When Congress or the President wants to push their agenda in a way that is not in the best long term interest of the country, no one within the party wants to be the dissenting voice. Even if the dissenting voice is right and Congress and the President are wrong, the political (career) implications of dissent within the party are too severe. And, organizationally, that’s why there’s a third branch of government that’s separate from the other two. More specifically, that’s why Justices of the Supreme Court are appointed for life. With lifetime appointments their dissenting voice can stand toe-to-toe with the voice of presidential and congressional convergence. Somehow, for long-term survival, companies must find a way to emulate that separation of power and protect the work with high uncertainty just as the Justices protect the law.
The best way I know to protect work with high uncertainty is to create separate organizations with separate strategic plans, operating plans and budgets. In that way, it’s never a decision between incremental improvement and discontinuous improvement. The decision becomes two separate decisions for two separate teams: Of the candidate projects for incremental improvement, which will be part of team A’s plan? And, of the candidate projects for discontinuous improvement, which will become part of team B’s plan?
But this doesn’t solve the whole challenge because at the highest organizational level, the level that sits above Team A and B, the organizational mechanism for dissent is missing. At this highest level there must be healthy dissent by the board of directors. Meaningful dissent requires deep understanding of the company’s market position, competitive landscape, organizational capability and capacity, the leading technology within the industry (the level, completeness and maturity), the leading technologies in adjacent industries and technologies that transcend industries (i.e., digital). But the trouble is board members cannot spend the time needed to create deep understanding required to formulate meaningful dissent. Yes, organizationally the board of directors can dissent without reprisal, but they don’t know the business well enough to dissent in the most meaningful way.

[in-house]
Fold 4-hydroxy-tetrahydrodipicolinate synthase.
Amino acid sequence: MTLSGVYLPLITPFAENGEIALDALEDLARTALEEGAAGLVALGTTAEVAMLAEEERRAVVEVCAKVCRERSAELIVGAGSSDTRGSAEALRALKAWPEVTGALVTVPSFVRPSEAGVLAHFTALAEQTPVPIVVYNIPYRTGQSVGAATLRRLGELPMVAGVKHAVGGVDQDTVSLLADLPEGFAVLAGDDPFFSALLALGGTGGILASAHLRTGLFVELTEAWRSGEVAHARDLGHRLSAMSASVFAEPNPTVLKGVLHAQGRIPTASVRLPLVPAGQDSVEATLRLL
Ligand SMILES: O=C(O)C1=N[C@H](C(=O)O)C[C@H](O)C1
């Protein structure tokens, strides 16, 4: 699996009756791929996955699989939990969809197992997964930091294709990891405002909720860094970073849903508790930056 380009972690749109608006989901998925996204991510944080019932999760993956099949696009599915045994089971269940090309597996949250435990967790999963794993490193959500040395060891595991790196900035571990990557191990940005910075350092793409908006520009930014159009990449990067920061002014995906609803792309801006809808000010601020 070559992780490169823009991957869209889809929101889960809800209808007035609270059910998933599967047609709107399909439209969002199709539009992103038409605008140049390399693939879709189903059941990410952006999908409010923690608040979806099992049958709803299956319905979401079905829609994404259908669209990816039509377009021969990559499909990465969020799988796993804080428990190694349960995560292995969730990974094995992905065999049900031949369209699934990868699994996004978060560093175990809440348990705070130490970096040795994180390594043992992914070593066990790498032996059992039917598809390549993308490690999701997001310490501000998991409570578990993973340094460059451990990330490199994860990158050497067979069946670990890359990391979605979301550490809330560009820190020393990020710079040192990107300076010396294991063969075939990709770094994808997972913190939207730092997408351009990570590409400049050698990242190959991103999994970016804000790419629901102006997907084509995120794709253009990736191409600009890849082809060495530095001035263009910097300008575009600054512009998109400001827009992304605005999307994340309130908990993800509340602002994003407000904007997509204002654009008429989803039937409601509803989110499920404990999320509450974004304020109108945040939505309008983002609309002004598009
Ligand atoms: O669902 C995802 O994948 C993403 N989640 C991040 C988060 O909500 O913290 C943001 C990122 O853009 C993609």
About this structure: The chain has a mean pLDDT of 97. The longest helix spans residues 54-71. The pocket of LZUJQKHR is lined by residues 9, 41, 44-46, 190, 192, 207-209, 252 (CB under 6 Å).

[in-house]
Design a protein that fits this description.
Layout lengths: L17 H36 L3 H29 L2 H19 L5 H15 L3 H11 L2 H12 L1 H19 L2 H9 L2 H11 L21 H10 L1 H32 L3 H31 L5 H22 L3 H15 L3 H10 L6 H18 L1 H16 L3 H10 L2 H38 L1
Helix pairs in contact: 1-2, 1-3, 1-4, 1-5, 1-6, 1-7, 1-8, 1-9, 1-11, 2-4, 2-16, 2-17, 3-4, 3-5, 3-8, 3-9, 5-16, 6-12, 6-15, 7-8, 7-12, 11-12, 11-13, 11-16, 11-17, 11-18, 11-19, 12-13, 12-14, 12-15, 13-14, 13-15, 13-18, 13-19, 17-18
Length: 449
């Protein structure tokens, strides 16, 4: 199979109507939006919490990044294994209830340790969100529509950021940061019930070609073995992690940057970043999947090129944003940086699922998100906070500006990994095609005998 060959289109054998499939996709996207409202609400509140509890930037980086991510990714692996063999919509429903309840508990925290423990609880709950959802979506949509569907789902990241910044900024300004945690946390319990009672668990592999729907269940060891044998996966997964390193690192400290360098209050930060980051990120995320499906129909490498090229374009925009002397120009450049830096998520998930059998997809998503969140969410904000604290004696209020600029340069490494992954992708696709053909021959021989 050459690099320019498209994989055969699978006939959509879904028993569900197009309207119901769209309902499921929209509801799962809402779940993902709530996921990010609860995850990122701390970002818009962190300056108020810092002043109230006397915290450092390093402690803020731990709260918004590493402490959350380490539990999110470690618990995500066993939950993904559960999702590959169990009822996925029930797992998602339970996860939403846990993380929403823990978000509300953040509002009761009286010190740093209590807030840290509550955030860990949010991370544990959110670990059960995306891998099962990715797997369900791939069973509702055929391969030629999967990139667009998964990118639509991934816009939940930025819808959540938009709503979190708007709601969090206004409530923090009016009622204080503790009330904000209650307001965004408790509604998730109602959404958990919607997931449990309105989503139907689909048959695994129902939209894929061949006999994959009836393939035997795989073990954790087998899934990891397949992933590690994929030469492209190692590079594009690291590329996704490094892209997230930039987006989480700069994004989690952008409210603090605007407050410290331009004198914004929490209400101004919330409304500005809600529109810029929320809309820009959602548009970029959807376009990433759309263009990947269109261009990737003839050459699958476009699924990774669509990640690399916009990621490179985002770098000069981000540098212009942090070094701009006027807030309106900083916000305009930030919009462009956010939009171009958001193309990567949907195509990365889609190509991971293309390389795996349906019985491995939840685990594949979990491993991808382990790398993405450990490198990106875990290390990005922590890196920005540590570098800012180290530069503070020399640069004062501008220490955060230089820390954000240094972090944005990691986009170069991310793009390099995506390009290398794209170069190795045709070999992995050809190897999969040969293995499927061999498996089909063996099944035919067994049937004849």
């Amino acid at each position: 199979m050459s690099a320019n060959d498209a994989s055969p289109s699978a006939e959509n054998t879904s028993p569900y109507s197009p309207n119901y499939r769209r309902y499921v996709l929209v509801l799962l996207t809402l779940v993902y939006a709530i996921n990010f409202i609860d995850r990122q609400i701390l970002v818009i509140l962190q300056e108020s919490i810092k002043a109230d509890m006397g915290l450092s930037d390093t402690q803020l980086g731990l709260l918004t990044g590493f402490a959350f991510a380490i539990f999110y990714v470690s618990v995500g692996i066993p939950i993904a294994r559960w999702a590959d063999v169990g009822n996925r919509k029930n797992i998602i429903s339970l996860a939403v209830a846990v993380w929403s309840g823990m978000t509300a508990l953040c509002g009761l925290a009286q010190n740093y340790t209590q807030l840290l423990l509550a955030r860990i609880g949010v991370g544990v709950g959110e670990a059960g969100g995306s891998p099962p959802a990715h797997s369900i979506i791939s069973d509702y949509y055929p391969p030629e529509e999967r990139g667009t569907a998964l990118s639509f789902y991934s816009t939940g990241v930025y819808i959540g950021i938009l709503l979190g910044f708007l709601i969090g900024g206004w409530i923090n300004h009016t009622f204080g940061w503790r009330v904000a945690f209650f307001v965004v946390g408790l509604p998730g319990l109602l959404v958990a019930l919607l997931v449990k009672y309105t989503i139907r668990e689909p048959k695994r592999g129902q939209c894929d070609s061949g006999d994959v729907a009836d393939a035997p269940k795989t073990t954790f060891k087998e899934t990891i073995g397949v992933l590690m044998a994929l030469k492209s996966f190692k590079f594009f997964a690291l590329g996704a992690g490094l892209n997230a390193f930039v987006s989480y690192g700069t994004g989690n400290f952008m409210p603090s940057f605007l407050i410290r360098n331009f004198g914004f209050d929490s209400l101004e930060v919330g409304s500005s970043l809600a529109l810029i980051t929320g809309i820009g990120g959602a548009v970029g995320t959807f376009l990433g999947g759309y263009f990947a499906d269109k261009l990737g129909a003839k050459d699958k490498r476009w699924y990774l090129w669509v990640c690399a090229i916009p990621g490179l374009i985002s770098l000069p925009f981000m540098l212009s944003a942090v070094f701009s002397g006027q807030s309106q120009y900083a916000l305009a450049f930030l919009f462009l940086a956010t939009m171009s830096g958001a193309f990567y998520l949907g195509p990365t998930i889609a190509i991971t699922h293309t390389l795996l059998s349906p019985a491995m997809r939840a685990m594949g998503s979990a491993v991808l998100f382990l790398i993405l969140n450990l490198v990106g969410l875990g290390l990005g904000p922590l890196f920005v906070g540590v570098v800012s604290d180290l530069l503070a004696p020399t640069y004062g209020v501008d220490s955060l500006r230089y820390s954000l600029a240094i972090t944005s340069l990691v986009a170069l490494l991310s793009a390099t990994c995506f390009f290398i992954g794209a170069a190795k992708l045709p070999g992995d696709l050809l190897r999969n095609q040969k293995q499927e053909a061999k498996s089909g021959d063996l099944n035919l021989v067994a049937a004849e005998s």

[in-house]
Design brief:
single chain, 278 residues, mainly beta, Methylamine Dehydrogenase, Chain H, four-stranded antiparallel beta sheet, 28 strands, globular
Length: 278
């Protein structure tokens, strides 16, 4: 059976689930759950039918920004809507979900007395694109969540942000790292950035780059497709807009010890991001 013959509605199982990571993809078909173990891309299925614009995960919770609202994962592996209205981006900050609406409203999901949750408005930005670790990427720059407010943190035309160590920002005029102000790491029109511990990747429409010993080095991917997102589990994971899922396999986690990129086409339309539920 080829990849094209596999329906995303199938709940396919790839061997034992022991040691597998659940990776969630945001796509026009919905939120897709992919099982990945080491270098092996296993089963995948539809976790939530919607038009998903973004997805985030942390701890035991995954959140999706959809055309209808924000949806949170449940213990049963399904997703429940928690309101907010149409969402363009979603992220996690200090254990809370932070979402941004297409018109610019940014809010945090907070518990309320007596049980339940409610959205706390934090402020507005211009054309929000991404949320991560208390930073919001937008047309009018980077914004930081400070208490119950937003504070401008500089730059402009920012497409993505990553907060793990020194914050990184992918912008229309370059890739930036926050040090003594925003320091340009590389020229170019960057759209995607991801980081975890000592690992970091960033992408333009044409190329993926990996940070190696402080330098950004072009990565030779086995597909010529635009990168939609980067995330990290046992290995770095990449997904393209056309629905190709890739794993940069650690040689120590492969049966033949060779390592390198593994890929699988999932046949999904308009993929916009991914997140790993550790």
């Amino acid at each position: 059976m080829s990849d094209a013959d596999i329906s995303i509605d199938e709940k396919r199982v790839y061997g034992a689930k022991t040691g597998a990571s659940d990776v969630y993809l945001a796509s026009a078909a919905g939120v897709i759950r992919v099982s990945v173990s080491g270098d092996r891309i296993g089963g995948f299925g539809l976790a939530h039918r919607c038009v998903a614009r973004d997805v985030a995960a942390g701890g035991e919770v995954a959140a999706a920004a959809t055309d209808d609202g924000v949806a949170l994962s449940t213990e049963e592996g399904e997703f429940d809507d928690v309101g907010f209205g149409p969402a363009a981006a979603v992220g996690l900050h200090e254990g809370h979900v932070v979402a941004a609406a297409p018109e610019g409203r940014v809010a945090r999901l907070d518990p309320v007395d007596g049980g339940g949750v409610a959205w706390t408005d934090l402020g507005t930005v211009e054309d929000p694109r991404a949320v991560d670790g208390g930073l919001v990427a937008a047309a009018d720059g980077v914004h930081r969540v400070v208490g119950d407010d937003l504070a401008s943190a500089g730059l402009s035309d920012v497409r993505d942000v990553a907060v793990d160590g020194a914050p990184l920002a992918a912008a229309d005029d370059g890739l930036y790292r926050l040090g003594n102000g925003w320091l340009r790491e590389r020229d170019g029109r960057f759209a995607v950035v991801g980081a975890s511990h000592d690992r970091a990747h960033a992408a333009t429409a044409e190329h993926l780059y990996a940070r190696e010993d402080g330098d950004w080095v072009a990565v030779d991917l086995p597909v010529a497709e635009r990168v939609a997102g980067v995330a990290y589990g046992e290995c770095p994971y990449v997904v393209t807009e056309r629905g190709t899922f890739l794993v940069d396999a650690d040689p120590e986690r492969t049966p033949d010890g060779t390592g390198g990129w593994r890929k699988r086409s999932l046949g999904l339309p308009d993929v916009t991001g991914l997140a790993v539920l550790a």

In medieval times the jester was an important player in the organization. He entertained the court but he also played the role of the dissenter. Organizationally, because the king and queen expected the jester to demonstrate his sharp wit, he could poke fun at them when their ideas didn’t hang together. He could facilitate dissent with a humorous play on a deadly serious topic. It was delicate work, as one step too far and the jester was no more. To strike the right balance the jester developed deep knowledge of the king, queen and major players in the court. And he had to know how to recognize when it was time to dissent and when it was time to keep his mouth shut. The jester had the confidence of the court, knew the history and could see invisible political forces at play. The jester had the organizational responsibility to dissent and the deep knowledge to do it in a meaningful way.
Companies don’t need a jester, but they do need a T-shaped person with broad experience, deep knowledge and the organizational status to dissent without reprisal. Maybe this is a full time board member or a hired gun that works for the board (or CEO?), but either way they are incentivized to dissent in a meaningful way.
I don’t know what to call this new role, but I do know it’s an important one.
Image credit – Will Montague
Whether you’re a country, company, organization, or team, revolution is your mortal enemy. And that’s why the systems of established organization are designed to prevent impending revolutions and squish those that grow legs. And that’s why revolutions are few and far between. (This is bad news for revolutionary innovation and radical change.)
With regard to revolutions, it’s easiest to describe the state of affairs for countries. Countries don’t want revolutions because they bring a change in leadership. After a revolution, the parties in power are no longer in power. And that’s why there are no revolutions spawned by those in power. For those in power it’s steady as she goes.
Revolutions are all about control. The people in control of a country want to preserve the power structure and the revolutionaries want to dismantle it. (Needless to say, country leaders and revolutionaries don’t consider each other good dinner company.) And when the control of a country is at stake, revolutions often result in violence and death. With countries, revolution is a dangerous game.
With regard to revolutions, companies are supposed to be different from countries. Companies are supposed to reinvent themselves to grow; they’re supposed to do radical innovation and obsolete their best products; and they’re supposed to abandon the old thinking of their success and create revolutionary business models. As it turns out, with regard to revolutions, companies have much more in common countries than they’re supposed to.
Like with a country, the company’s leadership party is threatened by revolution. But the words are a bit different – where a country calls it revolution, a company calls it innovation. And there’s another important difference. Where the president of a country is supposed to prevent and squelch revolutions, the president of a company is supposed to foster and finance revolutionary innovation. The president of a country has an easier time of it because everyone in the party is aligned to block it. But, the president of the company wants to bring to life the much needed revolutionary innovation but the powerful parties of the org chart want to block it because it diminishes their power. And it’s even trickier because to finance the disruptive innovation, the company president must funnel profits generated by the dominant party to a ragtag band of revolutionaries.